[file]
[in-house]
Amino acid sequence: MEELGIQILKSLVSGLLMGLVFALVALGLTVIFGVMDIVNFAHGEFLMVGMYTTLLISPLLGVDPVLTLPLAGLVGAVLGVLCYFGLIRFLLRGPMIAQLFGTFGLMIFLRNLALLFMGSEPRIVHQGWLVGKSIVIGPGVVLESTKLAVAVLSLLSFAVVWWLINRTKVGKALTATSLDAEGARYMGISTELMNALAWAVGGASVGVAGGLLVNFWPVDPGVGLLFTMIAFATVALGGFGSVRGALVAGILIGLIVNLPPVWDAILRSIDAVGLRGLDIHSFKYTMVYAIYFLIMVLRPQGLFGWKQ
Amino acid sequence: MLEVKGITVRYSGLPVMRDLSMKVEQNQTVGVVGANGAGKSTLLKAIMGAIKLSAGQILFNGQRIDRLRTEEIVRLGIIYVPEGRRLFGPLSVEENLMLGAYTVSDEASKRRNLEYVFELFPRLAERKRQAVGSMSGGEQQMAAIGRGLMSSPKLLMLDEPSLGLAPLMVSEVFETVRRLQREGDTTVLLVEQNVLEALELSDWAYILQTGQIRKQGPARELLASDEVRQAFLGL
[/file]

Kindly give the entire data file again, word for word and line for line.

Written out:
[in-house]
Amino acid sequence: MEELGIQILKSLVSGLLMGLVFALVALGLTVIFGVMDIVNFAHGEFLMVGMYTTLLISPLLGVDPVLTLPLAGLVGAVLGVLCYFGLIRFLLRGPMIAQLFGTFGLMIFLRNLALLFMGSEPRIVHQGWLVGKSIVIGPGVVLESTKLAVAVLSLLSFAVVWWLINRTKVGKALTATSLDAEGARYMGISTELMNALAWAVGGASVGVAGGLLVNFWPVDPGVGLLFTMIAFATVALGGFGSVRGALVAGILIGLIVNLPPVWDAILRSIDAVGLRGLDIHSFKYTMVYAIYFLIMVLRPQGLFGWKQ
Amino acid sequence: MLEVKGITVRYSGLPVMRDLSMKVEQNQTVGVVGANGAGKSTLLKAIMGAIKLSAGQILFNGQRIDRLRTEEIVRLGIIYVPEGRRLFGPLSVEENLMLGAYTVSDEASKRRNLEYVFELFPRLAERKRQAVGSMSGGEQQMAAIGRGLMSSPKLLMLDEPSLGLAPLMVSEVFETVRRLQREGDTTVLLVEQNVLEALELSDWAYILQTGQIRKQGPARELLASDEVRQAFLGL